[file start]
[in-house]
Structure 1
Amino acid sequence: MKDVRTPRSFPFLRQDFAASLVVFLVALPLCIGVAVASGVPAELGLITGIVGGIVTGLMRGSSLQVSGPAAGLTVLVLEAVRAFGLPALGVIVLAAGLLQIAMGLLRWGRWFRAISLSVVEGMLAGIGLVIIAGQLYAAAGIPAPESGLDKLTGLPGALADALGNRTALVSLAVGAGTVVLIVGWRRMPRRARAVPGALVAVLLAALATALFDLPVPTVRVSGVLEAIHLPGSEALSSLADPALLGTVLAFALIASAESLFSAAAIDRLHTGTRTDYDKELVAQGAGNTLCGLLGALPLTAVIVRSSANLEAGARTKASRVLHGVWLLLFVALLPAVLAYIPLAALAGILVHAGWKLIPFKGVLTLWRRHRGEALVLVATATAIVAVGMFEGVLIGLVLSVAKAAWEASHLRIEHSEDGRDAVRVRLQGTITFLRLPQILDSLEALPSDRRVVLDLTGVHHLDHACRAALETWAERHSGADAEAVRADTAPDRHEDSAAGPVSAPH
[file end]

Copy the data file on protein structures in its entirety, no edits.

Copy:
[in-house]
Structure 1
Amino acid sequence: MKDVRTPRSFPFLRQDFAASLVVFLVALPLCIGVAVASGVPAELGLITGIVGGIVTGLMRGSSLQVSGPAAGLTVLVLEAVRAFGLPALGVIVLAAGLLQIAMGLLRWGRWFRAISLSVVEGMLAGIGLVIIAGQLYAAAGIPAPESGLDKLTGLPGALADALGNRTALVSLAVGAGTVVLIVGWRRMPRRARAVPGALVAVLLAALATALFDLPVPTVRVSGVLEAIHLPGSEALSSLADPALLGTVLAFALIASAESLFSAAAIDRLHTGTRTDYDKELVAQGAGNTLCGLLGALPLTAVIVRSSANLEAGARTKASRVLHGVWLLLFVALLPAVLAYIPLAALAGILVHAGWKLIPFKGVLTLWRRHRGEALVLVATATAIVAVGMFEGVLIGLVLSVAKAAWEASHLRIEHSEDGRDAVRVRLQGTITFLRLPQILDSLEALPSDRRVVLDLTGVHHLDHACRAALETWAERHSGADAEAVRADTAPDRHEDSAAGPVSAPH